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Thursday, October 12, 2017

Tin-can dancing – Sefardi Simchat Torah style


Some epiphanies come later in life than others, or are only possible in Israel, when you realize that not everybody is Ashkenazi like you are.  One question I heard years ago about Simchas Torah has been echoing in my mind every year, ever since: why is it called “Simchas Torah”? 

(And, yes, in my head it’s still simchas Torah, with a ת/“sav” at the end of the word.  Pronounce it however you like when you read!)

A lot of people lazily refer to the day, when they refer to it in English at all, as “Rejoicing with the Torah,” but you probably suspect this isn’t correct if you know anything about the grammar of possession in HebrewWikipedia translates it as “Rejoicing of/[with the] Torah,” which I like because therein is the answer. 

The name of the holiday is rejoicing not WITH the Torah, but OF the Torah.  Once a year, the Torah rejoices and we, Am Yisrael, are its arms, its legs, its voice in song.

Why have I been thinking about this this year in particular?  Well, if you’re Ashkenazi, like I am, this picture is probably pretty close to what you think of when you think of dancing with a Torah:


(Skverer Rebbe photo credit Arit126 via Wikipedia)

This kind of Torah is like a baby, easy to dance with.  Just smoosh it flat against your chest and off you go, bobbling lightly and sedately around the shul.

But it turns out that we Ashkenazim are the only ones

Thursday, September 28, 2017

Things that are cool in Israel #11: Milk Bags (& their awesomely smart holders!)


What???  Four years in Israel and only 10 things are cool?  Impossible!

(And yes, shocking but true; another aliyahversary has passed, marking another year for us living in this amazing Holy Land!)

So here we are with a long-belated #11 – something we’ve been enjoying since our first few days here: milk in bags.

Now, as Canadians, milk bags and their cute rectangular plastic holders were not new to us as they are for many olim from the U.S. and elsewhere.  Coast to coast in Canada, walk into any supermarket and you’ll see a huge display of them:

Image result for canada milk

Photo © Alex Dawson via Wikimedia

So I grew up using milk bags, both loving and hating them.  They’re very handy to keep around, they don’t hog space in your fridge, you can pop them in the freezer if you bought too many.  But on the other hand… when you need to open them, you have to run around looking for a pair of scissors.

(So much so that in 1979, a Toronto inventor created the “Snippit,” a little device that hangs on the freezer and cuts milk bags open.)


(photo credit © Tangibles, the Snippit company)

But no need for a Snippit in Israel!

Here in Israel, there isn’t

Tuesday, September 12, 2017

Starting a small business in Israel? Learn from my mistakes!


Did you come to Israel – or are you planning to come to Israel – hoping hoping to start a small business?  Good for you!  I really mean it.  Israel is the Startup Nation.  It’s a land of opportunity.  It’s the place where you can make many of your dreams come true in amazing ways you never even dreamed of back where you came from.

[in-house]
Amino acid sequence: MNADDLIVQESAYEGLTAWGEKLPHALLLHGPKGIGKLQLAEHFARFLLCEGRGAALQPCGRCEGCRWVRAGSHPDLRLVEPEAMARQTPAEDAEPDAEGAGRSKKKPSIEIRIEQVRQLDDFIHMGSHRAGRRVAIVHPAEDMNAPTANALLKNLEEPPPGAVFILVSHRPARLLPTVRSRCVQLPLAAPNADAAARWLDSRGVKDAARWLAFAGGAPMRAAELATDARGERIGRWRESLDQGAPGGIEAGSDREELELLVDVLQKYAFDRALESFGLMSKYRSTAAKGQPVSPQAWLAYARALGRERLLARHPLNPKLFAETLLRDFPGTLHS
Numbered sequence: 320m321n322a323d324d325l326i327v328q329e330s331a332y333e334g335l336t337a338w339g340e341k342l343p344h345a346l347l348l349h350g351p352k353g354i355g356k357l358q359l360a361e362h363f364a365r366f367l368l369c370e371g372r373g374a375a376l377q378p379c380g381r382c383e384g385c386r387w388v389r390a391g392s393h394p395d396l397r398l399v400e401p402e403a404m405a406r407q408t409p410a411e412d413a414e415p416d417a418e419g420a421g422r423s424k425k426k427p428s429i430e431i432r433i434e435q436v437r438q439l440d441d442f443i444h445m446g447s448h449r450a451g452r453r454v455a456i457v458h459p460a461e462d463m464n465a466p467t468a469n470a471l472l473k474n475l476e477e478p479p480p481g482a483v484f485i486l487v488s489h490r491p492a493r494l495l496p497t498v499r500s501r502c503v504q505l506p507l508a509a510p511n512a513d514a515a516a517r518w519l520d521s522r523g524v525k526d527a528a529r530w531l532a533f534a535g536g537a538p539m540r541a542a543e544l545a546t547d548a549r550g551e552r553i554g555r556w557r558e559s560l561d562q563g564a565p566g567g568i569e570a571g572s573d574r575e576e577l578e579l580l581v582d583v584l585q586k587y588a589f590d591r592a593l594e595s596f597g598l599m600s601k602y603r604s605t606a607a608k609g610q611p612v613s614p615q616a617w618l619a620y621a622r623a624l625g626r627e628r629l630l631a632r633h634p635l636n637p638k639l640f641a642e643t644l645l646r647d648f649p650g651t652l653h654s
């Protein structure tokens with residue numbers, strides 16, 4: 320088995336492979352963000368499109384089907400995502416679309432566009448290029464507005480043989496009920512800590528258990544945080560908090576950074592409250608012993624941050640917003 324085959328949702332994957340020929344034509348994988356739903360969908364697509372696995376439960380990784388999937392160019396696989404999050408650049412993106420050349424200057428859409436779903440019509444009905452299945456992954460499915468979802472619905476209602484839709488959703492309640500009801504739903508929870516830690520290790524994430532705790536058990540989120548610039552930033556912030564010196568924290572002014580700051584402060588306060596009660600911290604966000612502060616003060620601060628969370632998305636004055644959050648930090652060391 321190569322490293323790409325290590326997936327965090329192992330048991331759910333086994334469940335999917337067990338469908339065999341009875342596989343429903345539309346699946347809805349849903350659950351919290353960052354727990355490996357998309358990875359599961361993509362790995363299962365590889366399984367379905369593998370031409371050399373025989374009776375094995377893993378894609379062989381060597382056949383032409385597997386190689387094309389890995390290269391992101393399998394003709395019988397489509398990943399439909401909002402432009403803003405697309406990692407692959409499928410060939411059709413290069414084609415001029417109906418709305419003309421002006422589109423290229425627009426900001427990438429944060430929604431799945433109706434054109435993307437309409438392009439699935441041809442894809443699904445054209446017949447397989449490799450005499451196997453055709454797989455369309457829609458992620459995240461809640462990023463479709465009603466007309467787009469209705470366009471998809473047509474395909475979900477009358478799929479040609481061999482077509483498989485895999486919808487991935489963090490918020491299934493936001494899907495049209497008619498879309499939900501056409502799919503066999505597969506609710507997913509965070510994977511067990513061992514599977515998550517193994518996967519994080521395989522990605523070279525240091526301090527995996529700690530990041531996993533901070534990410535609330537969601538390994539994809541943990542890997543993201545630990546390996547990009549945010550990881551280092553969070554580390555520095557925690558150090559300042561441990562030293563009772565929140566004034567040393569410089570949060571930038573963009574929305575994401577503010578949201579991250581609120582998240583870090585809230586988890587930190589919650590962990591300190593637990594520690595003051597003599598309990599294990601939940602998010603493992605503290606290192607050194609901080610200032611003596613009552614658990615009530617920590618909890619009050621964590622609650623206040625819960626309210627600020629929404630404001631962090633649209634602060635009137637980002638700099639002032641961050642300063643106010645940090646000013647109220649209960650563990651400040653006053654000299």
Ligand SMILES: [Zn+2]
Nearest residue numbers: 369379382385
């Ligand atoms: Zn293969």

As long as you’re careful.

For all the opportunities here in Israel, it’s also… (shh) a very bureaucratic place.  And you have to stay on top of the bureaucracy because, unlike in certain larger and more anonymous countries I could name, where you can owe the tax people money for years with absolutely zero consequences, neglecting some of the bureaucracy here in Israel can have serious repercussions.

How do I know?

Um, let’s just say… I’ve learned this the hard way.   Not the extremely hard way, which probably involves jail time.  But the kind of hard way, which involves having your bank accounts frozen and threatening letters from various government agencies.

Setting yourself up as a small business here is actually super-easy.  There are three basic steps, and I’ve found that Rifka Lebowitz’s guide is terrific in terms of explaining these in detail:

  1. Register your business for Ma’am (Value Added Tax = VAT):  There are two kinds of businesses, which mostly depends on how much income they bring in, and for both types, you need to open a “tik” (file) – tax-exempt (osek patur) and tax-paying (osek murshe) with the VAT office.
  2. Register for income tax:  True, they’re both taxes.  But the VAT people don’t talk to the income tax people and vice versa.  So you have to tell the income tax people you’re a business now.  And then they will hound you forever after (see Tip #1) until you close your business tik, which is very easy to do if you’re no longer running your business.
  3. Register with Bituach Leumi:  This is a socialized country You no longer have an employer paying your national insurance, and most importantly, your health insurance to your kupat cholim (HMO, healthcare provider network) – so this is your responsibility now as an independent business person.

In general, skipping one of these steps is a recipe for disaster – so don’t do it.

Here are three mistakes I made along the way through this simple process that I hope you can learn from instead of having to untangle on the other side.  Any tips here are NOT a substitute for a good accountant.  If you think your needs are at all complex, please consult a real tax advisor (not just a blog, for heaven’s sake!) before you take any steps you may regret.

Mistake #1 – Tax ≠ Tax

Sounds like a no-brainer, right?  Except I was lulled into complacency because when you come here, everybody says

Tuesday, June 27, 2017